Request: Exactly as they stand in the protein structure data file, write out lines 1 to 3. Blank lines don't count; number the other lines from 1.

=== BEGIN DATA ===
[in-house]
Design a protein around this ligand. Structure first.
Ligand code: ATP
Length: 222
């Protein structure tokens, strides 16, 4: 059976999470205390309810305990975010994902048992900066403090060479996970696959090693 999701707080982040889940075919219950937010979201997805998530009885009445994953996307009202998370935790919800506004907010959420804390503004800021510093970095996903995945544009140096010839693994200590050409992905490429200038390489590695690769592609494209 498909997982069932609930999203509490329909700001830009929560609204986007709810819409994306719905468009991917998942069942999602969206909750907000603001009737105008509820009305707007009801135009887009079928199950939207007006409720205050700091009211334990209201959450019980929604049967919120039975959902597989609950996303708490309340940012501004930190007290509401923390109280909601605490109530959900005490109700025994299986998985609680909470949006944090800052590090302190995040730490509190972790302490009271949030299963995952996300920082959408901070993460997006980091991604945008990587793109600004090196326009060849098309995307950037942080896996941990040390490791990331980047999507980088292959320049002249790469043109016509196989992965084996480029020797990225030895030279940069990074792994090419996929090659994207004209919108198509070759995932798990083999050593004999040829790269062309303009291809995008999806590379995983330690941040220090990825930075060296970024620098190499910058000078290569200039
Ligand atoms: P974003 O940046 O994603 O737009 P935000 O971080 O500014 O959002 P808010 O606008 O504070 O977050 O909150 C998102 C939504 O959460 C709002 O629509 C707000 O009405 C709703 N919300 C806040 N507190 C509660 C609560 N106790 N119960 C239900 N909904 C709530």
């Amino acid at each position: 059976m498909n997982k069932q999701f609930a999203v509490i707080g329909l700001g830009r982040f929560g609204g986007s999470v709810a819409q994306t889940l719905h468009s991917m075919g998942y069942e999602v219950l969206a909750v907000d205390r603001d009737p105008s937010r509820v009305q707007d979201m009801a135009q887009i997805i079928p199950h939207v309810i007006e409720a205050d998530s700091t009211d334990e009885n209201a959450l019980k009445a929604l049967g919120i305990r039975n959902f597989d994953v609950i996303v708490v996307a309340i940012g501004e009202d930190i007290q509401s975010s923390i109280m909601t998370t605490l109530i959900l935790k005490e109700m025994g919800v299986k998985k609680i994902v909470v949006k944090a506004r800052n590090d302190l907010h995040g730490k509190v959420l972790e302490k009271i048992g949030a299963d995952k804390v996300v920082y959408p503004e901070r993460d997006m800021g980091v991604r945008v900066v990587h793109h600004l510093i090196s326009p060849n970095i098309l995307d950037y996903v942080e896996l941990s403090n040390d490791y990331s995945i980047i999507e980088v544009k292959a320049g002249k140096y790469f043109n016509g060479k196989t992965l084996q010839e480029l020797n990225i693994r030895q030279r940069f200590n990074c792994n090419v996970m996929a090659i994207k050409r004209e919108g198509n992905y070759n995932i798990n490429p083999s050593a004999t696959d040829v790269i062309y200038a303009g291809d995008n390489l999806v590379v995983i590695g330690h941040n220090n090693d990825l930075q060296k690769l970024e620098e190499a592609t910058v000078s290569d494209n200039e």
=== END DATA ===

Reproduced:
[in-house]
Design a protein around this ligand. Structure first.
Ligand code: ATP